- Virzi, J. (2018, March 15). 5 things people with borderline personality disorder do that get mistaken for ‘manipulation.’ Retrieved from https://themighty.com/2018/03/borderline-personality-disorder-manipulative
Last Updated: 03-26-2019
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Lori D.October 21st, 2017 at 4:19 PM
Yes. When my daughter double asked her father and I we both fell for it. Of course each of us want to be the better parent to be liked. Rather then saying if the other says no. Then it means no.
CarolynAugust 1st, 2018 at 8:19 AM
Frank PSeptember 14th, 2019 at 4:57 PM
I never could get away from my dominating mother now I get to live it and iam 61yrs old
SophieJanuary 15th, 2020 at 4:15 AM
I only want my life to be about my husband and my child.
Some pet say I manipulate and control my husband but I just want what’s best for him.
W.June 1st, 2020 at 12:50 PM
I have been told I have narcissistic tendencies and are manipulative to my children to the extent of possible abuse. I need help. Can I get informative newsletters or specific content websites sent to my email?
GladysAugust 21st, 2020 at 1:41 PM
Don’t worry about the ambiguous future, just work hard for the sake of clarity
Dr. JoeSeptember 20th, 2020 at 3:48 AM
Almost all people, as a result of normal human behavior and interactions , can be accused of being a manipulator. Please take these so called professional articles about manipulative behavior with a grain of salt. Manipulative behavior is a symptom not a diagnosis. And it is difficult to define along with being difficult to assign a pathology to. What I mean by that is that we all show signs of manipulative behaviour but it’s a normal part of human behavior and not a bad thing. The definition of a manipulative person is not only terribly difficult to define but there are no clear cut criteria in order to do so.
IOctober 6th, 2020 at 8:58 PM
All society victimised of this problem it’s tomuch need of moral education in society
KalyaniNovember 7th, 2020 at 8:57 PM
So, I was in 2 years long relationship with my crush. I was manupulating my emotions , trying hard to live the best version of myself.I ended up failing my board exams.That’s when I realized that this was not what I was meant to be like. In reality I was lieing to my self unnecessarily just to feel secure. I was insecure, running away from reality , that’s what made me be manupulating and miserable.Thjs is extremely serious problem that no young girl should go through because at times I felt to suicide and finish everything at once.Demanding validation was the extreme opposite of my emotional wants,but I lived demanding that.Finally my fear and my judicial conduct and my brother got me out of this terrible mental trauma.Thankful I am to my beloved God.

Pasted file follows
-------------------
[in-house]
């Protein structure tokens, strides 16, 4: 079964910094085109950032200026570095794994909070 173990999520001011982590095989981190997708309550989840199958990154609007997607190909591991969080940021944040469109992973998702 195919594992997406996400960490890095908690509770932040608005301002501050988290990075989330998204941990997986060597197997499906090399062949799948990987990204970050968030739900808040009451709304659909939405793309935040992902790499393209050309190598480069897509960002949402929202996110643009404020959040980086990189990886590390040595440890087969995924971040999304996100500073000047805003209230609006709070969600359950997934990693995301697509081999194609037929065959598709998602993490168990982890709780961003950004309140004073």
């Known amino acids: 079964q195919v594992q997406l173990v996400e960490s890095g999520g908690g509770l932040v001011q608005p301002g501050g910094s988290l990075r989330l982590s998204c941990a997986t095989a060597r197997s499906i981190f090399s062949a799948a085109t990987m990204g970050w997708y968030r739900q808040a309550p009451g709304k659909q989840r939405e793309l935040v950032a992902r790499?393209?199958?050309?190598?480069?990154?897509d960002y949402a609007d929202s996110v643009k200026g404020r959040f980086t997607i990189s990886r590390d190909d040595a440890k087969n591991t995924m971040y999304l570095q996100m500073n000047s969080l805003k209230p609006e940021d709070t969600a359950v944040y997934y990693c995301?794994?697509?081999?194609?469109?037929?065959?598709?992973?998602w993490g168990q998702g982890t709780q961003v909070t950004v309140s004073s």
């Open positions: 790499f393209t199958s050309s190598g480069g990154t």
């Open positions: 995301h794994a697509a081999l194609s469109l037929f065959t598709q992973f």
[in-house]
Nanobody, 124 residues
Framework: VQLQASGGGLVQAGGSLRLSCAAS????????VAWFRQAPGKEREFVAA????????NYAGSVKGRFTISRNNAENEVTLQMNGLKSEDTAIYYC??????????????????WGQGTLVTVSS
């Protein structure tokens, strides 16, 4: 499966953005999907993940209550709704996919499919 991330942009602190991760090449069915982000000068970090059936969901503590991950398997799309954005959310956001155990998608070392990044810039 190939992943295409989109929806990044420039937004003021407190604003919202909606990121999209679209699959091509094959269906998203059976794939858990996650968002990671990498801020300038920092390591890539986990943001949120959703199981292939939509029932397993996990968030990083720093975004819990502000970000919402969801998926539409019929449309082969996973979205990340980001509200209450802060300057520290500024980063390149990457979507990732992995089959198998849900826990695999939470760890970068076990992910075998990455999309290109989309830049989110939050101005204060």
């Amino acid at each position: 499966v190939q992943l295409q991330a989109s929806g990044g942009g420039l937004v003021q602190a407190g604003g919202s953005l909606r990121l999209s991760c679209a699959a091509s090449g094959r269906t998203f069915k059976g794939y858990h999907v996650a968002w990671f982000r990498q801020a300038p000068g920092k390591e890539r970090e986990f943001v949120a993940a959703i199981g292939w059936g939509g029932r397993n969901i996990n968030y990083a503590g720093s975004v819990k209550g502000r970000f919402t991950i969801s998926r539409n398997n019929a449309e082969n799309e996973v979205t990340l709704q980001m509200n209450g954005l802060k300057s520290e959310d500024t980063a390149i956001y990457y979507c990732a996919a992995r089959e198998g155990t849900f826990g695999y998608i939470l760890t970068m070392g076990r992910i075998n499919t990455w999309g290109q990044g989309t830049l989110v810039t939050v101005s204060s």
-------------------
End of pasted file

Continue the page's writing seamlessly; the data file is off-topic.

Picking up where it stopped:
MadisonJanuary 19th, 2021 at 12:42 PM
I’ve had multiple conversations with my mom trying to get her to recognize that my dad is manipulative. I don’t want to stir the pot as he would say, but I want her to recognize it. I guess I’m hoping in some way or another that if he can get and do better after getting help, so can I. I’ve noticed I’ve been adopting some of his “methods” and I hate myself and every part of myself that is reflecting him. I don’t want to make other people I meet or people I love feel the way he makes me feel. I just wish I could leave, but I can’t so I’m trying to do the 2nd best option I can think of, it isn’t going to be easy, but it’s worth a shot. Sorry I just feel comfortable sharing this for once, so I am.
AnonymousMarch 15th, 2021 at 8:34 PM
I tend to enjoy manipulating people a lot especially friends I make them feel pity for me I make them sad on my behalf and I lie to them I know I need help
LaurenGTMarch 16th, 2021 at 9:05 AM
You totally can get the help you’re looking for! If you would like to consult with a mental health professional, please feel free to return to our homepage, http://www.goodtherapy.org/ , and enter your postal/zip code into the search field to find therapists in your area. If you’re looking for a counselor that practices a specific type of therapy, or who deals with specific concerns, you can make an advanced search by clicking here: http://www.goodtherapy.org/advanced-search.html
Once you enter your information, you’ll be directed to a list of therapists and counselors who meet your criteria. From this list, you can click to view our members’ full profiles and contact the therapists themselves for more information.
unknownApril 9th, 2021 at 12:42 PM
I am accused as a manipulator and I use some tactics and I do not try to manipulate but I do. if you can relate tell everyone and it might help.
FrankApril 10th, 2021 at 2:21 AM
What are the words used to manipulate a person.
JosephMay 6th, 2021 at 3:22 AM
looking forward to learning more and exercising more